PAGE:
Council approves plan amendment for Ingersoll retirement home
Council approves plan amendment for Ingersoll retirement home – June 27, 2019
By Kathleen Saylors
County council gave the go-ahead for the development of a proposed 120-bed seniors retirement home in Ingersoll this week, just a week after it was approved in principle by Ingersoll’s council.
On Wednesday, county council held a legislatively required public meeting on the official plan changes. The developer attended the meeting to give a statement as well as answer questions from council while members of the public were also invited to give feedback.
After a brief presentation from county staff, which raised no significant issues with the proposal, a representative from developer Gardens Retirement Development spoke to council.
Bill Mardimae, the president of Gardens Retirement Development, said the company agreed with the county’s findings. He said the plan is to build in two phases, beginning with 74 units to start.
The process before council Wednesday was triggered because of a necessary zone change to accommodate the facility: the land is currently zoned medium residential but would need a “community facilities” designation to allow for a retirement home.
The application for a zone change was filed under the property owner’s name. Mardimae said in response to a question from council the company will be purchasing the property when the zoning change is successful, but the application had to be made by the current landowner under county rules.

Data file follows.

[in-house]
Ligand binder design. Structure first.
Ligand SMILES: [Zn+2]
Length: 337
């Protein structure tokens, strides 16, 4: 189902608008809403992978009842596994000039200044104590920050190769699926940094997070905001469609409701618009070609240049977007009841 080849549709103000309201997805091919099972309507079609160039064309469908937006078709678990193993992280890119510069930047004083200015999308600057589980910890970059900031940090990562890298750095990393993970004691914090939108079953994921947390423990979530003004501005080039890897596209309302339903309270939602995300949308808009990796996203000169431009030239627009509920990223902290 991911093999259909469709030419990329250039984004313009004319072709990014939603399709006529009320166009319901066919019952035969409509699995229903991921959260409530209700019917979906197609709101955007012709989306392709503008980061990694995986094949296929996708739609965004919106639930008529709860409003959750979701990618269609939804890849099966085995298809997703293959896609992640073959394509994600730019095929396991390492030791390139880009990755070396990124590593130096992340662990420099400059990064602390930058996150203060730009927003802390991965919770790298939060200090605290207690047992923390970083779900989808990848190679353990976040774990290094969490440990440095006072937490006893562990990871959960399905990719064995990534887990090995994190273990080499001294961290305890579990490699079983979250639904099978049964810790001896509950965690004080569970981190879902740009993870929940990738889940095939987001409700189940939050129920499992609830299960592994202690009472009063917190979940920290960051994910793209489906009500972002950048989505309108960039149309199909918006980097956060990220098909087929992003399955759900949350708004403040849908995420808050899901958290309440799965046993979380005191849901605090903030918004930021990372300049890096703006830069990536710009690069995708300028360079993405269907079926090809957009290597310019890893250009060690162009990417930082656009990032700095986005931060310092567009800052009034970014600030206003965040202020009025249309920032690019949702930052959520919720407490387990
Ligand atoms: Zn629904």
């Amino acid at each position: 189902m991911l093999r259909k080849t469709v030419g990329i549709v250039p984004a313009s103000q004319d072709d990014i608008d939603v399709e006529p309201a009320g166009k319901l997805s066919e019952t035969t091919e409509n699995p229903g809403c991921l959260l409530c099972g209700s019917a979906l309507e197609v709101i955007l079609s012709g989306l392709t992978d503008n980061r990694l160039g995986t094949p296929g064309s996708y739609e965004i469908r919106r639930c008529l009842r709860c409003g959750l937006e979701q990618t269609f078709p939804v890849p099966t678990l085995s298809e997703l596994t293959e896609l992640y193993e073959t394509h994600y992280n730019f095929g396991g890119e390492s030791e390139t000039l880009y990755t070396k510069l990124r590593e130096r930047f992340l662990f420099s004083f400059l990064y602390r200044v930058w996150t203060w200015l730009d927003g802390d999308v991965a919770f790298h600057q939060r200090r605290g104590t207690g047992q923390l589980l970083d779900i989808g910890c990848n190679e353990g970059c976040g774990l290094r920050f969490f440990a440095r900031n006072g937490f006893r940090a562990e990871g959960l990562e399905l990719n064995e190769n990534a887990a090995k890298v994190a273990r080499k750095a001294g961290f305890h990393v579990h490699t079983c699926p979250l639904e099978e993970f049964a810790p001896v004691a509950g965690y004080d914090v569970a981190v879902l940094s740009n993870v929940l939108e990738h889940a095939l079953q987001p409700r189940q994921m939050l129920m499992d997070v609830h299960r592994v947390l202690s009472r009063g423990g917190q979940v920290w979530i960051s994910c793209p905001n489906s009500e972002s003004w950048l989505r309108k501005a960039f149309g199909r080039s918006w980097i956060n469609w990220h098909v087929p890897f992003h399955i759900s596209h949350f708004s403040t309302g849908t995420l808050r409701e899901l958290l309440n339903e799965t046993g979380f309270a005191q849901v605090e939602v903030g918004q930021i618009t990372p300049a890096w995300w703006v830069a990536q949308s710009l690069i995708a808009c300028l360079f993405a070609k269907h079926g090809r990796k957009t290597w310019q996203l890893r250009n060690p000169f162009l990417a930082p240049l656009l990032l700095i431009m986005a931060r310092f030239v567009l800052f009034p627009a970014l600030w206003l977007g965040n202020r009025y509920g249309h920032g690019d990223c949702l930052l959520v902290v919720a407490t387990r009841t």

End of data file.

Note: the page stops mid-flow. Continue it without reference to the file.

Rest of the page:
“We have the property under contract, agreement of purchase,” he said. “We will be buying and developing it, but officially the owner must apply.”
Local government staff, including county public works and Ingersoll’s engineering and building departments, said they had no issues with the zone change, but did note the development will be subject to a site-plan approval.
Site planning is the next, more detailed step of the process. The developer will present detailed drawings of the site and proposed layout, including parking.
One resident, a nearby property owner, attended the public meeting to speak against the zone change. While he acknowledged that many of his concerns would be addressed in site planning, he said he was still concerned with traffic and grading on the nearby streets.
The property is located near Thames Street South, and currently houses a single family home and some accessory buildings. It is surrounded by low-density single-family homes and recreational uses, according to the report prepared by the county.
Under the existing zoning, a small apartment building would have been considered medium density residential, as would townhouses.
Community use denotes a larger facility that attracts more people on a regular basis, such as hospitals, nursing homes with 20 or more beds, and cultural or religious facilities.
On June 18, Ingersoll’s council voted to approve in principle the zone change and supported the amendment to Oxford’s official plan.
According to Mardimae, Gardens owns four other retirement complexes in “small-town Ontario,” including Parry Sound and Simcoe. The development is aimed at seniors, with three meals a day included as well as a variety of services and amenities.
County council voted to approve the amendment and read the corresponding bylaw.